Alternative Energy and Advanced Technology
Section 136 of the Energy Independence and Security Act authorized the Advanced Technology Vehicles Manufacturing Incentive Program to encourage retooling of existing plants to produce the next generation of vehicles. This incentive program will make it more economically feasible for U.S. auto manufacturers and part suppliers to retool their facilities by providing low-interest credit for a percentage of the cost of retooling a manufacturing facility in the U.S. to produce advanced technology vehicles (such as hybrids, plug-in hybrids, electric vehicles, advanced direct injection diesels, and fuel cell vehicles) or their key components. Retooling will also create jobs for American workers by ensuring that the vehicles of the future are made in the United States. In addition, retooling plants to produce advanced technology vehicles will greatly reduce our consumption of oil and greenhouse gases, moving our country more quickly towards energy independence. Fully activating the program will require $3.75 billion in funding to provide up to $25 billion in low-interest credit to U.S. automakers and parts suppliers. The federal government must be a strong partner in the investment in advanced technologies which will both create jobs and ensure the production of fuel-saving advanced technology vehicles here in the United States. To that end, we strongly encourage the inclusion of full activation of the Advanced Technology Vehicles Manufacturing Incentive Program in any future economic stimulus package.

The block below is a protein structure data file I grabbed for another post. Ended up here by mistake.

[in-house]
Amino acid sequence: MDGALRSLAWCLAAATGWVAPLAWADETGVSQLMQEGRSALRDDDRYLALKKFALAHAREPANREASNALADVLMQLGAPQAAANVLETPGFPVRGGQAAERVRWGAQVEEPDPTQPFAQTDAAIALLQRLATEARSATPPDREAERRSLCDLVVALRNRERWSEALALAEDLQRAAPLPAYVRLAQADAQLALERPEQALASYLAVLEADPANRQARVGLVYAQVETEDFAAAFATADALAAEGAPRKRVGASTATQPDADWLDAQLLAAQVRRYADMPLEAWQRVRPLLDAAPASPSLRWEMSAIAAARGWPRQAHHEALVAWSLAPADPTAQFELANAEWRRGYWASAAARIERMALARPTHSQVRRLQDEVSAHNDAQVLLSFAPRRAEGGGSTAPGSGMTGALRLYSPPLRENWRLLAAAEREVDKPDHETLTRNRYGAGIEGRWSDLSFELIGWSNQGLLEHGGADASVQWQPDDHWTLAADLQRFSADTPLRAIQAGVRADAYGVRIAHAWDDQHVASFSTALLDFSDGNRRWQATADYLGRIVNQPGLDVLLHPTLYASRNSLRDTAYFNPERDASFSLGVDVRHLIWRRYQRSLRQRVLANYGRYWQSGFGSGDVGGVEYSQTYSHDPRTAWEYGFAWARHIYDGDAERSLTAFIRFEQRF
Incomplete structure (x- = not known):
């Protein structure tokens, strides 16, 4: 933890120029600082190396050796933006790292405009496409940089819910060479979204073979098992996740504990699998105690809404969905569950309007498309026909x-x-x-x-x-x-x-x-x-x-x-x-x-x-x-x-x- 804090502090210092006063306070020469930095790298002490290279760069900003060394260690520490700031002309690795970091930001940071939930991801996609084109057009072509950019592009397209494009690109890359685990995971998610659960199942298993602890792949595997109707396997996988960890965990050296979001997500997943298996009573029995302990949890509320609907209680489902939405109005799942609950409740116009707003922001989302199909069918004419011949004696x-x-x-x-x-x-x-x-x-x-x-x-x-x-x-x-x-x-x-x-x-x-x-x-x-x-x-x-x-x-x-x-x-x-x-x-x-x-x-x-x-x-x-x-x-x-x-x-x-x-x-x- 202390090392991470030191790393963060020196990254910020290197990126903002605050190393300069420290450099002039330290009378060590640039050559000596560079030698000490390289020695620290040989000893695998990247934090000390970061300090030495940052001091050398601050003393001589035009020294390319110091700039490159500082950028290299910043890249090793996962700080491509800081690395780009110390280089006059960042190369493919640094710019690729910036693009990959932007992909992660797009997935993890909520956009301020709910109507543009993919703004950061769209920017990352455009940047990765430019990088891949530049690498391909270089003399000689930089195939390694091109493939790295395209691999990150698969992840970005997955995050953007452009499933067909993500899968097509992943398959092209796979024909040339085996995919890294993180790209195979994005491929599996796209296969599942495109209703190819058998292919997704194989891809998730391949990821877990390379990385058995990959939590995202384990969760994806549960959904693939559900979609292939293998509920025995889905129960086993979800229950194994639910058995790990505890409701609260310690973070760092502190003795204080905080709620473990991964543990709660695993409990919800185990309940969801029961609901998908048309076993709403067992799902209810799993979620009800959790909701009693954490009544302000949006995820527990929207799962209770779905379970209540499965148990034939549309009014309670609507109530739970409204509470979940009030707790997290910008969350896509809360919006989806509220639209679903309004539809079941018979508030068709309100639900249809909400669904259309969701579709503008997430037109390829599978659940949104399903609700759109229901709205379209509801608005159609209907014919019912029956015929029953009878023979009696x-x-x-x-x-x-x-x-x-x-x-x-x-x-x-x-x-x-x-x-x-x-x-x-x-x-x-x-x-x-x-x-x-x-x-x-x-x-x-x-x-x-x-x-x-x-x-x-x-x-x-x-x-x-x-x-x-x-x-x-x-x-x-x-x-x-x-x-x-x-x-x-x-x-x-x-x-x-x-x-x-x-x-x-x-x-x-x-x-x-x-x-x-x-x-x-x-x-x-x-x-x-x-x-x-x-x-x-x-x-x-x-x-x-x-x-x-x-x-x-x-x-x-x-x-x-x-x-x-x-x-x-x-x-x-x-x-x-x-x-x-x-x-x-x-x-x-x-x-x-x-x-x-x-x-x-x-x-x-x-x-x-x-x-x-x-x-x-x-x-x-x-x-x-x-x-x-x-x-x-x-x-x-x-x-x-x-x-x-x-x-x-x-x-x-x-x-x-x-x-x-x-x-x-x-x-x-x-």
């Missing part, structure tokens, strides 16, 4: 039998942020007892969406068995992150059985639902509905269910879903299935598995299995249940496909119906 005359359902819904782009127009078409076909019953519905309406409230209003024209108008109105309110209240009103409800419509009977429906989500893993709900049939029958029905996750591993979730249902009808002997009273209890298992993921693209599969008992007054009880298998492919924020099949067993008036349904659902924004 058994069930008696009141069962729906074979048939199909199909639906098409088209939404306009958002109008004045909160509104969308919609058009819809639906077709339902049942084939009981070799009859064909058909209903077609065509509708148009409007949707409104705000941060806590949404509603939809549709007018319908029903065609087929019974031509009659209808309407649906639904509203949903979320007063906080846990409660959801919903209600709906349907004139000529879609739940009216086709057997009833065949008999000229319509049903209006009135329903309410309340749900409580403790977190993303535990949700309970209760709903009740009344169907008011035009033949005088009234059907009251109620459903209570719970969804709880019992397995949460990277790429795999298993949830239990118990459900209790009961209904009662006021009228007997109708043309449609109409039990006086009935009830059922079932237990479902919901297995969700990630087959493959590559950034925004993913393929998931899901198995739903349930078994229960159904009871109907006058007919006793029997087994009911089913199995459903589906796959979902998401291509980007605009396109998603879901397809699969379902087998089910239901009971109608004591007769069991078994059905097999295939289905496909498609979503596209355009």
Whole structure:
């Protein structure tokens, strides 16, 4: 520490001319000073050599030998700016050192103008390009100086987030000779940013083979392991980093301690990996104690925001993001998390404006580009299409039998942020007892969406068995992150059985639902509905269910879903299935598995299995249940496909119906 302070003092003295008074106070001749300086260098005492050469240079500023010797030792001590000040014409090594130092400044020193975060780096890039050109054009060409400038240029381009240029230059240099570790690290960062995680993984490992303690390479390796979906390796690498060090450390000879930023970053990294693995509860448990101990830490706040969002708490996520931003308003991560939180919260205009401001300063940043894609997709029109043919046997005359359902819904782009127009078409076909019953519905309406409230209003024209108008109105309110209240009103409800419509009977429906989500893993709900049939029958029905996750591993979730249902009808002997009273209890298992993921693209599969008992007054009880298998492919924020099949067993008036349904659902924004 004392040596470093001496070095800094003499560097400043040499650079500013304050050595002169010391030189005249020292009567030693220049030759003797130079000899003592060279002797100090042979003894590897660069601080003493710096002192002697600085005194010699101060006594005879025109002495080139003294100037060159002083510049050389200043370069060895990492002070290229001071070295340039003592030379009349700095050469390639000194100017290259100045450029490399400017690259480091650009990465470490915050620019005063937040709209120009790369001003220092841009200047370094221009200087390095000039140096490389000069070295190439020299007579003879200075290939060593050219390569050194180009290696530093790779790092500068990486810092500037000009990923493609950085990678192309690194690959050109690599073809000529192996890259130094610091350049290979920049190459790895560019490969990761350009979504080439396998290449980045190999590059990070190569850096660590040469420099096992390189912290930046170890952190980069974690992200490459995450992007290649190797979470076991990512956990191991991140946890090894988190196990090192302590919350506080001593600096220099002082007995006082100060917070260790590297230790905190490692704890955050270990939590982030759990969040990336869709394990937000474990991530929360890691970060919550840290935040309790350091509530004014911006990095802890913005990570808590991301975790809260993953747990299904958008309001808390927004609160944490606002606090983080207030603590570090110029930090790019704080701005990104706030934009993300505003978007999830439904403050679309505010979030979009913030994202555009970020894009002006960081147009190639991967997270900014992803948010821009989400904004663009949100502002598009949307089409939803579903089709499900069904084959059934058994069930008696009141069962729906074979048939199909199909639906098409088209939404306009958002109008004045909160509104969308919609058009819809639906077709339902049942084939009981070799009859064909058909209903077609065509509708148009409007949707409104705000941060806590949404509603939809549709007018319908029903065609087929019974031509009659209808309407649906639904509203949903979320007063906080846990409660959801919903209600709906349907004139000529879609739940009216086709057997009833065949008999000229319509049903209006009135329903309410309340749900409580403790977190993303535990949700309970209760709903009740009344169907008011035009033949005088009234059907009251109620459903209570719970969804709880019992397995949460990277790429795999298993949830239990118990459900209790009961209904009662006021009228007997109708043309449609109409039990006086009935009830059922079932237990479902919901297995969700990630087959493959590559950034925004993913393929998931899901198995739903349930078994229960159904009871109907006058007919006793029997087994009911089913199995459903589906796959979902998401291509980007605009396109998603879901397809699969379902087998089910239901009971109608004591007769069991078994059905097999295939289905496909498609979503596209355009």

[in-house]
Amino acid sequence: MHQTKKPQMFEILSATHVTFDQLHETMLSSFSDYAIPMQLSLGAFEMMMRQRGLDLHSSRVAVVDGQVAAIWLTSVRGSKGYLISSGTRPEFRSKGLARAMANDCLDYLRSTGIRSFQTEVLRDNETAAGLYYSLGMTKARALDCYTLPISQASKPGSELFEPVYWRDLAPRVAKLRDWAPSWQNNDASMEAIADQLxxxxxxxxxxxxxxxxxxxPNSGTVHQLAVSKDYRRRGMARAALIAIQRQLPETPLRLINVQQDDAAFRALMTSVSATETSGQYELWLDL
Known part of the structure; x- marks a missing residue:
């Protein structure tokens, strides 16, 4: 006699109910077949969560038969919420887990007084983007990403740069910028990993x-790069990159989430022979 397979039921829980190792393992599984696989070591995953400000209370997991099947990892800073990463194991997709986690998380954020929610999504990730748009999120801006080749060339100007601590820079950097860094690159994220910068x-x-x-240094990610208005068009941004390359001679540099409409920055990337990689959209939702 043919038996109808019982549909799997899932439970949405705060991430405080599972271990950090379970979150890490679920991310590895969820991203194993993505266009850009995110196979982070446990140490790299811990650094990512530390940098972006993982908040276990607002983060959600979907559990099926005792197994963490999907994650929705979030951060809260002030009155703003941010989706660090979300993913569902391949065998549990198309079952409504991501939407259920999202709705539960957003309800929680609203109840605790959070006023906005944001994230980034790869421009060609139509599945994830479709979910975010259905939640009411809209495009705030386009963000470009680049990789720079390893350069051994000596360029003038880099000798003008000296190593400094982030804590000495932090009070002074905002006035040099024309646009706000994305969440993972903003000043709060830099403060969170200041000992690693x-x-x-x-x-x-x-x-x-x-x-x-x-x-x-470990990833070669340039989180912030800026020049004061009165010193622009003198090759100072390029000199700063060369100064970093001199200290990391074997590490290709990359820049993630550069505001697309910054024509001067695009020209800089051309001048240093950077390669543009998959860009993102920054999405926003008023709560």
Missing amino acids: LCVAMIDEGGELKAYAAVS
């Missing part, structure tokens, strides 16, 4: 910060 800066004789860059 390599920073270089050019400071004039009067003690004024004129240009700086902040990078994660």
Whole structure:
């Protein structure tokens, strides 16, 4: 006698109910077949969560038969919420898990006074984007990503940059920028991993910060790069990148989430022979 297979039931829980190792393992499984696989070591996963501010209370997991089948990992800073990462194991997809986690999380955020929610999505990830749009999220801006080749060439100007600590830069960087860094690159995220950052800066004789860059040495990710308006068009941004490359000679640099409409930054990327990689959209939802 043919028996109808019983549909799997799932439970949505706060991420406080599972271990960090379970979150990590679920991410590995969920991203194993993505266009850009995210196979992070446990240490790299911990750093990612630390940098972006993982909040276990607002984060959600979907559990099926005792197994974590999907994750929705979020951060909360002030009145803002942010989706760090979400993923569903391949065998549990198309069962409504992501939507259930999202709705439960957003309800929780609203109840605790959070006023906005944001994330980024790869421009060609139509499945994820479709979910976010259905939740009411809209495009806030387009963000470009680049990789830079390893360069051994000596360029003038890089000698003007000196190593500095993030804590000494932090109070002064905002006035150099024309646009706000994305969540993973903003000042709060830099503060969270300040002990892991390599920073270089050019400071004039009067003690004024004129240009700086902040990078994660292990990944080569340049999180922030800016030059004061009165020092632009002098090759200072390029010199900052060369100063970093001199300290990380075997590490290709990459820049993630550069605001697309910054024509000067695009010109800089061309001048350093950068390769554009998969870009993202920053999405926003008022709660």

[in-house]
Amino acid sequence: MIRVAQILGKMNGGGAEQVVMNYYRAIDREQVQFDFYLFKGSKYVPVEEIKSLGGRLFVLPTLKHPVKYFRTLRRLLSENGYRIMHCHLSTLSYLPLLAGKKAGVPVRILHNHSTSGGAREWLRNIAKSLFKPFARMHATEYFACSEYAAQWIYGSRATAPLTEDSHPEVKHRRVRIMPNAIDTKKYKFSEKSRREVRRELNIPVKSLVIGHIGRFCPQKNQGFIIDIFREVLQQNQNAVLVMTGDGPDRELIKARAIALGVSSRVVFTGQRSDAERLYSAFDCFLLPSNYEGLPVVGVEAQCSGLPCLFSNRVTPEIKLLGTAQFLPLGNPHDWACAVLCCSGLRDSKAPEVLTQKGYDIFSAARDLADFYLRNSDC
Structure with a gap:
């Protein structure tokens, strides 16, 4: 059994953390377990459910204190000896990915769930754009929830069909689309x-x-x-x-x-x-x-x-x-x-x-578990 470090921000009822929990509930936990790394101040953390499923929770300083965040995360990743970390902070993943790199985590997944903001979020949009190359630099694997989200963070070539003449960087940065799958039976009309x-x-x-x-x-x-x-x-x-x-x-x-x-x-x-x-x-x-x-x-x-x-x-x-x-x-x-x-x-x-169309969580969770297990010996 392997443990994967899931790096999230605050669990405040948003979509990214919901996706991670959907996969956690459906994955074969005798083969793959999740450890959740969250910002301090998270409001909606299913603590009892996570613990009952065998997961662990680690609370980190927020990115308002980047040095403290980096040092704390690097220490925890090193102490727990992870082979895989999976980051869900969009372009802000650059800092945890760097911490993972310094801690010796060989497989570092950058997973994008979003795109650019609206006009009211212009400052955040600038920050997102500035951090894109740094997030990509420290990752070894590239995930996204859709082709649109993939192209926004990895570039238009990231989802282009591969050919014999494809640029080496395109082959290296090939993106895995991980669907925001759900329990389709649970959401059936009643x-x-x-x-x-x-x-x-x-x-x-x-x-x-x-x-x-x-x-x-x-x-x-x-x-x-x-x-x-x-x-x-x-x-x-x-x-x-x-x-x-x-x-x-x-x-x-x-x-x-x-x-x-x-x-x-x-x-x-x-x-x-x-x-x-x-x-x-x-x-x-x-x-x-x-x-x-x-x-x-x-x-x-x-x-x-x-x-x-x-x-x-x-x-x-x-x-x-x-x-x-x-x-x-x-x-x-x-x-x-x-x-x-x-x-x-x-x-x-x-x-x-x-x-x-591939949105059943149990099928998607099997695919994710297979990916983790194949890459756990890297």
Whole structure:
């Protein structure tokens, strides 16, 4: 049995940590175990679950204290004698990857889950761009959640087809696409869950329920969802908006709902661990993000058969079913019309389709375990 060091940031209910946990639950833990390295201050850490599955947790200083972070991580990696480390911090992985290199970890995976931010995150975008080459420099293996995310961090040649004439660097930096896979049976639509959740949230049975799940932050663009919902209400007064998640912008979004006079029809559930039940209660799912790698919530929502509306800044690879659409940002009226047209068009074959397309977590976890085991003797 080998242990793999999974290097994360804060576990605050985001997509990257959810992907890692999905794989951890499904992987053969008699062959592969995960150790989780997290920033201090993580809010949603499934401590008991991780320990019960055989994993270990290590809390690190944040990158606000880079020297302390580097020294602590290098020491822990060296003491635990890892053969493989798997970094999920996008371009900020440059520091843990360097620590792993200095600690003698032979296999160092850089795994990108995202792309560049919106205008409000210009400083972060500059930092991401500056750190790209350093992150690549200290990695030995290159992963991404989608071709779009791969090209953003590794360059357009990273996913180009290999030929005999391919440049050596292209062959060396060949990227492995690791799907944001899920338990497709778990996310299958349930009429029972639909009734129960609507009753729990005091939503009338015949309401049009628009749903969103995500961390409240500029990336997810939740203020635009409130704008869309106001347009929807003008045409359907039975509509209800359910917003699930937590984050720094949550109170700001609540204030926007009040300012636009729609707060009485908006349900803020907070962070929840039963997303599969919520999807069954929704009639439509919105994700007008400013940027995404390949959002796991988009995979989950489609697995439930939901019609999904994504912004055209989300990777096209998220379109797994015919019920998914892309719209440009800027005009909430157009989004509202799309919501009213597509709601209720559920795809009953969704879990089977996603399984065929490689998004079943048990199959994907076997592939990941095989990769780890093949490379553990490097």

The United States lags behind other nations in terms of our investment in advanced technology. This is especially the case for advanced battery technology. Other nations such as Germany, South Korea, China and Japan have committed to invest heavily in these technologies, giving them a significant competitive advantage. In order to regain our own competitive edge we encourage the inclusion of $300 million for advanced battery research as part of any stimulus package.